When I’m flipping around the tube and I come across the Minnesota Timberwolves, I stop. They are primetime television, as exciting as any team in the league. They score at will and they do it in style with a slew of behind the back passes, outlet dunks, and long range bombs.
The team becomes even more impressive when taking a look at their roster. They are one of the few teams with a premier, bonafide superstar in Kevin Love. They have a skilled, Goliath-like center (an endangered species in today’s NBA): Nikola Pekovic. Kevin Martin is a legitimate threat from anywhere inside of 25 feet (one year he averaged 24.6 ppg!). And there are supporting pieces in place that any championship contender would drool over. On top of all that, they have one of the best coaches in the league in Rick Adelman!
But as exciting as the T-Wolves are to watch, they are a terrible team to hang your hopes on, the worst actually. In fact, don’t ever bet your buddy a 20 spot that the Wolves are going to pull a game out down the stretch. So far this season, the T-Wolves are a putrid 0-11 in games decided by 4 points or fewer, which is the main contributor to their 19-21 record. That’s bad enough to make choke artist Tony Romo blush.
If they were in the East, they could coast and hit one hot streak to catapult them into the postseason; a strategy that the Knicks and Nets are exercising to the max. But they are in the juggernaut West where every win counts. And with each game that passes, the T-Wolves are watching the playoff window shut a little bit more. For a young up-and-coming team, that’s a big deal. These guys are fighting for career status, reputation, and most importantly to them: contracts and money.
So, what is going wrong with the T-Wolves, anyway? We have to fix this late game situation problem immediately.
Currently, there is a lot of speculation and talk about what exactly is going wrong with this team. At first glance, it’s damn near impossible to see anything. I mean as I drooled above, they are loaded with talent at every position with guys that are putting up numbers. And when they win, they win big. So far this year, they have beaten Boston by 18, Cleveland by 29, the Lakers by 23, Brooklyn by 30, and Detroit by 27. The Timberwolves have also taken down some of the elite teams, such as: Portland, Oklahoma City, and Dallas just to name a few.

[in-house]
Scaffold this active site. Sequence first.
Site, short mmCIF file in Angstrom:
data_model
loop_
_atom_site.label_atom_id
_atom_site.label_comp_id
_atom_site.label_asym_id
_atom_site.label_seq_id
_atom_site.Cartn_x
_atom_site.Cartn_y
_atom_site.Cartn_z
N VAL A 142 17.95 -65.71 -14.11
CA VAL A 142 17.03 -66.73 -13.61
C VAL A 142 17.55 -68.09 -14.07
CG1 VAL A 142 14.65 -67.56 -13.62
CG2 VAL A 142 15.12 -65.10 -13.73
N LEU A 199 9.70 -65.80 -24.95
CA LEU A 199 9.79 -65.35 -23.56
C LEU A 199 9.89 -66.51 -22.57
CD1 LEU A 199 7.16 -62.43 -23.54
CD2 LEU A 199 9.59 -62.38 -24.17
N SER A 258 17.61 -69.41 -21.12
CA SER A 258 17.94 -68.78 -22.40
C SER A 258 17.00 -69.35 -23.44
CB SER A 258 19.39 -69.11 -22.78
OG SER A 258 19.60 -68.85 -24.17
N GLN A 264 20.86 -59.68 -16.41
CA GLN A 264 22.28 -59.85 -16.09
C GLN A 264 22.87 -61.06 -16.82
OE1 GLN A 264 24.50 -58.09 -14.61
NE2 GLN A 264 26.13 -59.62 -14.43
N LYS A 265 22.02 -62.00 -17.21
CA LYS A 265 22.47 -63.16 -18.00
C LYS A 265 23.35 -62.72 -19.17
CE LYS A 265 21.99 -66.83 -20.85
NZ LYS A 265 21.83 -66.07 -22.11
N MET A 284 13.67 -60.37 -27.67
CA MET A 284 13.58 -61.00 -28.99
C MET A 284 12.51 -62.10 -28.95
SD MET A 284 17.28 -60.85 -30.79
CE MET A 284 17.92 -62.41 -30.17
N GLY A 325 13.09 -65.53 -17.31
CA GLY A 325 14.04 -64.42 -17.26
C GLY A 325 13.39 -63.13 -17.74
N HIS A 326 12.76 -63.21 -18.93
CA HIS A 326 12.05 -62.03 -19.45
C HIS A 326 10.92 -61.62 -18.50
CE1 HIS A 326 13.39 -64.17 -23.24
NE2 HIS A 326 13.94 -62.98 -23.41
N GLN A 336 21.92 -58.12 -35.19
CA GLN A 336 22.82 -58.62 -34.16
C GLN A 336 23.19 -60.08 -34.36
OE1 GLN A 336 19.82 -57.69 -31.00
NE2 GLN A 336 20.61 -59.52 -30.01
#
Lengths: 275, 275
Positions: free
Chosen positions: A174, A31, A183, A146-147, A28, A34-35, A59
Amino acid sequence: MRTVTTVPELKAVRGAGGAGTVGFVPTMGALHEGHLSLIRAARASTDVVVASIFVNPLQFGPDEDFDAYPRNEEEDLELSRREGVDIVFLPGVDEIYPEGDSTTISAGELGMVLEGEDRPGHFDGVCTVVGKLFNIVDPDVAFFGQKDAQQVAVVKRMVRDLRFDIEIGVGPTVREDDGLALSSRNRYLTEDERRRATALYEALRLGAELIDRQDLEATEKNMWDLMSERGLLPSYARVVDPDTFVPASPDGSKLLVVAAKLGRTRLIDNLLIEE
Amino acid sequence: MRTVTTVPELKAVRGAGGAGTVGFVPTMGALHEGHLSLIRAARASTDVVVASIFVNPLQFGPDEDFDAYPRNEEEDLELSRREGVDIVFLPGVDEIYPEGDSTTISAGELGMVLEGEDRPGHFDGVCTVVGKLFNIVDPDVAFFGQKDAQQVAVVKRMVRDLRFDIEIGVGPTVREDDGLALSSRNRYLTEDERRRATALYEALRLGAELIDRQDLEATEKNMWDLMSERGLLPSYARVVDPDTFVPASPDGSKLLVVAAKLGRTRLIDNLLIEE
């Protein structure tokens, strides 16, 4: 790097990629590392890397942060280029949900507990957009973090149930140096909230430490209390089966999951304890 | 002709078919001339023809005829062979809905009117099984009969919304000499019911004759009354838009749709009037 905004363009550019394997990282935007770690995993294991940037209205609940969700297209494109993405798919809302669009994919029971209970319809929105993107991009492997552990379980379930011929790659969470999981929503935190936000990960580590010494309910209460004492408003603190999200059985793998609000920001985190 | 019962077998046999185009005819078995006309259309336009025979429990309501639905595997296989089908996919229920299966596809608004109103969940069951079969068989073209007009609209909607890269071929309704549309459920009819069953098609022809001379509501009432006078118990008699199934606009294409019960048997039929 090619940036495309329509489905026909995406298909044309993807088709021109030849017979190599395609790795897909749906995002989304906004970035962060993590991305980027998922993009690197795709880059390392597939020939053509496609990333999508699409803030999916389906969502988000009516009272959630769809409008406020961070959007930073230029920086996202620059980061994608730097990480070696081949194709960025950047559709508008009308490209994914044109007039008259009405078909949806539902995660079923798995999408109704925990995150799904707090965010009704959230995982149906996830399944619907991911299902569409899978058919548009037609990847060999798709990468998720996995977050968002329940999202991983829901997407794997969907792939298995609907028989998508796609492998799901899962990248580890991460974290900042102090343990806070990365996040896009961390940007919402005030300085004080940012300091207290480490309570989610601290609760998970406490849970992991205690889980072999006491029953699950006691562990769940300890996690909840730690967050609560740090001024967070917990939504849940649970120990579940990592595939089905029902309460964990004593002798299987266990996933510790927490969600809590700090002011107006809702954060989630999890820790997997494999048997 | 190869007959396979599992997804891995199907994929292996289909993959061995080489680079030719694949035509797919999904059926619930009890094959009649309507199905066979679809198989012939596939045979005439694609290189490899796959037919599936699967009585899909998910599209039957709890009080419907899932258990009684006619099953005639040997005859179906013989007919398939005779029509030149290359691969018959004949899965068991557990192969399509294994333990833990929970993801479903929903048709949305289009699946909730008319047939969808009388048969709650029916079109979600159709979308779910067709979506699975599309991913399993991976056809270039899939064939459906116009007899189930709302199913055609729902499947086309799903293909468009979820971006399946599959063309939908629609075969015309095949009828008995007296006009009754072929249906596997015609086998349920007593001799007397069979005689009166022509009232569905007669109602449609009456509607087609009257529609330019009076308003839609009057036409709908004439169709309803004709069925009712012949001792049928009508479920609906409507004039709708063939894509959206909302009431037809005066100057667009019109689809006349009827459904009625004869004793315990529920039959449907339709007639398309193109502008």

But, how could a team that shows so much confidence and does so well on some nights crumble on others?
There is one simple answer to this problem: They have no legitimate playmakers, and this falls upon two players.
1. The Point Guard
Ricky Rubio, who was originally compared to Pistol Pete, has not developed at the pace that everyone has expected. Back in the day, Pistol Pete could pull off the crazy, mind blowing passes because he kept defenders on their heels. He did this by consistently averaging 25 ppg and sinking jumpers from all over the court.
Ricky Rubio, on the pother hand, plays with no scoring aggression at all. Many people who don’t pay close attention like to say that Rubio can’t shoot. This isn’t exactly correct, though. Rubio has worked extremely hard over the past few years to improve his shot, and it’s paid off. He’s actually shooting around 37 percent from the 3 point line this season: pretty good. But this shooting doesn’t matter because Rubio is terrible in the paint. In fact, out of 152 players in the NBA, Rubio ranks 151st inside of the paint, shooting 39 percent on his interior shots. Because of his soft play down low, nobody really worries about him as a playmaker, which amps up his turnovers and strikes down his shooting percentage. Bottom line is the coaches need to purchase him Sam Cassell’s toughness and send him to the weight room with Pekovic.
2. The Superstar
Kevin Love was deemed a superstar a few years ago when he was grabbing astronomical amounts of rebounds and averaging Larry Bird like scoring numbers but this all seems to be for nothing. In his five years with the team, the Wolves have yet to make the playoffs. Actually, they haven’t even come close to making the post season (Love averages 22 wins per year!). Some may want to excuse this by saying he hasn’t had the talent around him, but that just doesn’t fit with the superstar persona. No excuses.
Much of Love’s problem is that he is not an elite playmaker. Down the stretch, it’s difficult to throw him the ball and expect that a great shot will come out of it. He can’t drive by people, and he’s a little short to post people up. Instead, he’s really good – better yet, legend like- at getting his points from spot up shooting and position rebounding. The bottom line is that Kevin Love needs a playmaker, a guy with a different skill set that is as good if not better than he is. Love needs to be the 2nd option, or at best “option 1a”. He needs a Pistol Pete Maravich, not a Ricky Rubio.